There was a time when the obituaries were the best read part of your daily newspaper. That was, of course, back in the days when you actually had a daily newspaper. But as news moved online and the people producing it skewed younger, writing about someone’s death — or more accurately someone’s life at the time they died — became less of an art form. For many years, the best writers competed for spots on the obit desk because they knew that everyone read them. Somewhere along the line, newspapers taking a last gasp for revenues where none previously existed, experimented with selling paid death notices instead for all but the most famous personalities.
All of which is background to what just happened last week. Actor James Rebhorn died of cancer at age 65 and left behind an obituary he penned himself. It was called “His Life According To Jim” and it appeared originally on his church’s website. But it didn’t stay there long. It went viral and was such a popularly shared read that it got some wondering whether self-written obituaries weren’t the way of the future. But it also got others saying that a self-written obit isn’t really an obit at all.
Sandra Martin, obituary writer for the Globe and Mail and author of “Working the Dead Beat: 50 Lives that Changed Canada,” called Rebhorn’s letter for his family the ultimate “selfie,” saying it wasn’t an obituary but rather just “a deathbed letter” to his family. In it, Rebhorn writes in the third person and says things like “His children made him immensely proud.”
Martin drew this distinction: Obituaries are journalistically produced endeavors, an assessment of a person’s life — warts and all. “This was a letter meant to soothe the people he was leaving behind,” she said.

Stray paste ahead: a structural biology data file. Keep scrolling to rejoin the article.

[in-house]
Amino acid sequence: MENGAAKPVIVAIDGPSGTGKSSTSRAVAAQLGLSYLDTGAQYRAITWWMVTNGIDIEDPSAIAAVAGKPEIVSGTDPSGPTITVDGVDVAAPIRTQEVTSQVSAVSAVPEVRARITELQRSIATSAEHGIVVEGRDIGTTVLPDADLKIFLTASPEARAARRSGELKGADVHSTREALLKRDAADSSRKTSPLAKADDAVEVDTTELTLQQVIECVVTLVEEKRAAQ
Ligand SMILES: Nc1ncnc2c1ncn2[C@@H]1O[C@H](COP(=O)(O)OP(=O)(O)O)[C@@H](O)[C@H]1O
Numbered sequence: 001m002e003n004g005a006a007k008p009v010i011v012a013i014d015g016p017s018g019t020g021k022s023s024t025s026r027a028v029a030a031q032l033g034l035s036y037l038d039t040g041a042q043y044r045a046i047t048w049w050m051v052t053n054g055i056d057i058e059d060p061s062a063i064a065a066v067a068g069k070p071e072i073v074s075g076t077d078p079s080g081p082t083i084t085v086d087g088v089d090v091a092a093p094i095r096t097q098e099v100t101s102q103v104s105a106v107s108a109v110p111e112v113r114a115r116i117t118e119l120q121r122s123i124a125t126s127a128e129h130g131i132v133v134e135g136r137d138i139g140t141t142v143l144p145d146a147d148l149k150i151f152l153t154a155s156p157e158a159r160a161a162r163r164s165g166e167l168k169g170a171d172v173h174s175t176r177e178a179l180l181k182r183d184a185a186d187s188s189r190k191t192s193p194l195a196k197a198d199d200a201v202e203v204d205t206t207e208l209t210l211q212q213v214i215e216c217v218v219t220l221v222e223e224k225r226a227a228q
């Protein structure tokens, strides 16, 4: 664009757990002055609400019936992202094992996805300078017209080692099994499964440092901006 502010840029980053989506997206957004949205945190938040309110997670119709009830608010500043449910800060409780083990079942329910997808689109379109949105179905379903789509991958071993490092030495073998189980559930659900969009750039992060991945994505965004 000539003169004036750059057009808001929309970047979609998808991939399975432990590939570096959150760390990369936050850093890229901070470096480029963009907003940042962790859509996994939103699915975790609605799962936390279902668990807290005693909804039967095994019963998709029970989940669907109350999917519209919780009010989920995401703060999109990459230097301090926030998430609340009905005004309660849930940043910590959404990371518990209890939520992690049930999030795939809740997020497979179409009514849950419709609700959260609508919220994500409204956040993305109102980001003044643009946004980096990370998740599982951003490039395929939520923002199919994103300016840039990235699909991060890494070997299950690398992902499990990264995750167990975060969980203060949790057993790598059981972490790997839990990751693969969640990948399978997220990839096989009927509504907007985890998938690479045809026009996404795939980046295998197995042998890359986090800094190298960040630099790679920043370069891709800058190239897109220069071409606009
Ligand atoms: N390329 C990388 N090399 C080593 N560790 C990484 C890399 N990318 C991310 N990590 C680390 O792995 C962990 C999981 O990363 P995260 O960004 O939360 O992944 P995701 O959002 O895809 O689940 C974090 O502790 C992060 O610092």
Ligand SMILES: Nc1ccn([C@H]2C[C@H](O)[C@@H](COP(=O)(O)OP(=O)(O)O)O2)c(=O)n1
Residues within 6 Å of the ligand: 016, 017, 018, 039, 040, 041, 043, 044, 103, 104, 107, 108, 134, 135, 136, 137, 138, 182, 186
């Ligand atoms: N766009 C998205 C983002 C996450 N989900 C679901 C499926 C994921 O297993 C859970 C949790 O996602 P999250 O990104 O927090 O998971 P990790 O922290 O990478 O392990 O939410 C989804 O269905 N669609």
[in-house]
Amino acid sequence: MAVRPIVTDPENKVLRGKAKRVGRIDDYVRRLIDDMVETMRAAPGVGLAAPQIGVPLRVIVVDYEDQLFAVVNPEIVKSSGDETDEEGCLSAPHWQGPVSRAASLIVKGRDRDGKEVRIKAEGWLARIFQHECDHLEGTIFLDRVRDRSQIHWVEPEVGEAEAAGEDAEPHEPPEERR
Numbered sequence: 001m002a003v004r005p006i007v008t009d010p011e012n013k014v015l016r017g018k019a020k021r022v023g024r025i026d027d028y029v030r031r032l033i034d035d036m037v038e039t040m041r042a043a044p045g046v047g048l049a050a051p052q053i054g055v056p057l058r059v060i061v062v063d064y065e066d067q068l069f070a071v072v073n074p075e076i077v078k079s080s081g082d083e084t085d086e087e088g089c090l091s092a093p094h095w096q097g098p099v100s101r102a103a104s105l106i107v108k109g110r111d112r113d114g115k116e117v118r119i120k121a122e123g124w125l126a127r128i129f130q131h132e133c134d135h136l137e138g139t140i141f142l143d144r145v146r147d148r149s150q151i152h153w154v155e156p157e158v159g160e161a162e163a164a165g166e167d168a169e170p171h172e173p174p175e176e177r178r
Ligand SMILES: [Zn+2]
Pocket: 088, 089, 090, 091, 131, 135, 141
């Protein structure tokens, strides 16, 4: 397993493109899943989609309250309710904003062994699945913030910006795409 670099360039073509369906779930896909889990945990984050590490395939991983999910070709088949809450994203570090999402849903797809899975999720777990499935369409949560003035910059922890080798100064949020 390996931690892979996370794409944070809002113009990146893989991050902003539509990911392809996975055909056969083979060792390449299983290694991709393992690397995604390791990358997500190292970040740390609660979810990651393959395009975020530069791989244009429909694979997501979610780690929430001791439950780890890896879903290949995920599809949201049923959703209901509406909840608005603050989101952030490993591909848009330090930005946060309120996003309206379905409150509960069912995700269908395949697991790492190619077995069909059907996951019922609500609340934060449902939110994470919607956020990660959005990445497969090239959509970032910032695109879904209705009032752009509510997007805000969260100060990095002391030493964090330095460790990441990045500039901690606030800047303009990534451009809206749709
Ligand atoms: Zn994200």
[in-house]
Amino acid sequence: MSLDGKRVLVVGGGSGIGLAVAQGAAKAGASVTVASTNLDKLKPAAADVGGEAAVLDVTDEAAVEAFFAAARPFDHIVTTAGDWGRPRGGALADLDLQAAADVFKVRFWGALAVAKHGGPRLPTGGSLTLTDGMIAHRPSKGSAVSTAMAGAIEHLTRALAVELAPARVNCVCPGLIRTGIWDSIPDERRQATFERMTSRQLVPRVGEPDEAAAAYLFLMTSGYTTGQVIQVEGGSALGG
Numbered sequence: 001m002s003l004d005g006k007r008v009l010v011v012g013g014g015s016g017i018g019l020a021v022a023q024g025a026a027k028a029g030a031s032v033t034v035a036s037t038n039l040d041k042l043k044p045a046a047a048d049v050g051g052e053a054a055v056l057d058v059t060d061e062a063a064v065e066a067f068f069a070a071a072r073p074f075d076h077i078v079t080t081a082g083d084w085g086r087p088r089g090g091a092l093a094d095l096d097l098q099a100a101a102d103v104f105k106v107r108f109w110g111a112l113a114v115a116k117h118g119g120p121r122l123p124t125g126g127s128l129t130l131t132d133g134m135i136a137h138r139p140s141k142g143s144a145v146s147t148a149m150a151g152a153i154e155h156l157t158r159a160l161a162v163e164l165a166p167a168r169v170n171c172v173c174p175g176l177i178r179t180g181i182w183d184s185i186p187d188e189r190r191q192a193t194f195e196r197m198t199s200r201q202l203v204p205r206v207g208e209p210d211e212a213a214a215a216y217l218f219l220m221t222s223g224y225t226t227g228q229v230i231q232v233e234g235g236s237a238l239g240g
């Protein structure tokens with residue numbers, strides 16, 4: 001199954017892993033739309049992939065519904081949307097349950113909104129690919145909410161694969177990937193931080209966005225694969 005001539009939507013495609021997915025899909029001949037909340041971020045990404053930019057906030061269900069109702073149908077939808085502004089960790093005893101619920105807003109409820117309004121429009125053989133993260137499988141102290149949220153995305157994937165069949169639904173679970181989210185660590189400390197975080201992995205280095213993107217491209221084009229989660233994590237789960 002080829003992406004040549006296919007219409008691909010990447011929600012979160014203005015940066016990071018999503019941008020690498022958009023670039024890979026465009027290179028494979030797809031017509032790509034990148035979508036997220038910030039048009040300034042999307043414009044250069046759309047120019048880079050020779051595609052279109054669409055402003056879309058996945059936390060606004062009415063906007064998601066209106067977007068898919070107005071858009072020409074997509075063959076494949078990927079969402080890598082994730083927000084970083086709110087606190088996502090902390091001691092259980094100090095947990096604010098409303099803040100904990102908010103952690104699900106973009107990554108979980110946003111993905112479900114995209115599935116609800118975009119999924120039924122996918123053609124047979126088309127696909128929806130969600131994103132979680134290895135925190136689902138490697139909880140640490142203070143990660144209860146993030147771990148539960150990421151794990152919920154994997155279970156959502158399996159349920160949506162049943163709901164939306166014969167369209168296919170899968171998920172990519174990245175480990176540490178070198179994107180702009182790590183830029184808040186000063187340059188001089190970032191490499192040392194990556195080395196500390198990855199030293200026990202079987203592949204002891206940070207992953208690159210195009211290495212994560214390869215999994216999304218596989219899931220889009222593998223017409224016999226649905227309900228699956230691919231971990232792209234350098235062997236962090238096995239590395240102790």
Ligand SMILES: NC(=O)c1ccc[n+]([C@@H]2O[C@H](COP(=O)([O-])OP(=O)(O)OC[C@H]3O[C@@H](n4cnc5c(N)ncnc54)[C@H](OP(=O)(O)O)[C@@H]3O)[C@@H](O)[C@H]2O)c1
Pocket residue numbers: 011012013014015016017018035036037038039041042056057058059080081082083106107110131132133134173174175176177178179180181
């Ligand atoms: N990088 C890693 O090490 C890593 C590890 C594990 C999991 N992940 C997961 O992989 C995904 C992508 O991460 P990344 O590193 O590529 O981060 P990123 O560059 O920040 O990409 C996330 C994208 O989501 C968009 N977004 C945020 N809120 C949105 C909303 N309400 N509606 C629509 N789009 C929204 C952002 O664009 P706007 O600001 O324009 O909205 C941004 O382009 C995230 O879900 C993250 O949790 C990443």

Fair enough, but why should a stranger be charged with writing the summary of your life? Sure, in the case of famous people whose obituaries are prepared well in advance of their actual death, obit writers might call the not-yet-deceased’s loved ones and do research. But who knows us better and how we want to be remembered than ourselves? Is this just another print journalism tradition seeped in the arrogance that editors know best and we should just trust them — in this case with telling the story of our lives?
A well-written obit will be read, even if the subject wasn’t a household name. Check out the obit for Betsy Cohen, a 49-year-old who died last month. What made the difference, I suspect, is the obit writer knew her. But most of the time, these are strangers to the deceased doing the writing — so what is it, exactly, they know about the deceased that the deceased couldn’t have said better?
No, I’m not saying Adolf Hitler should have been allowed to write his own obit. But for the rest of us, well, why not? Certainly there is room for both. Leave the big newsmakers to the pros and let the rest of us have our own final word. Here’s a guide to get you started.
In fact, what an excellent business opportunity this presents for out-of-work journalists! If the Rebhorn obit method becomes the new normal, can’t you just see a cottage industry springing up of obituary-writers-for-hire? Throw in a video and it won’t just be “His Life According To Jim” that goes viral. I can see “Jim’s Life” on Pinterest (photos). I can even see “Jim’s Life” as told in his tweets. Is there a GIF waiting to be created of Jim popping his head out from behind the tombstone for some final words? Why of course there is — the GIF memorial.
Heck, with the last of the boomers turning 50 this year, the New Obit could become the stimulus the economy has been searching for. Or not.
Earlier on Huff/Post50: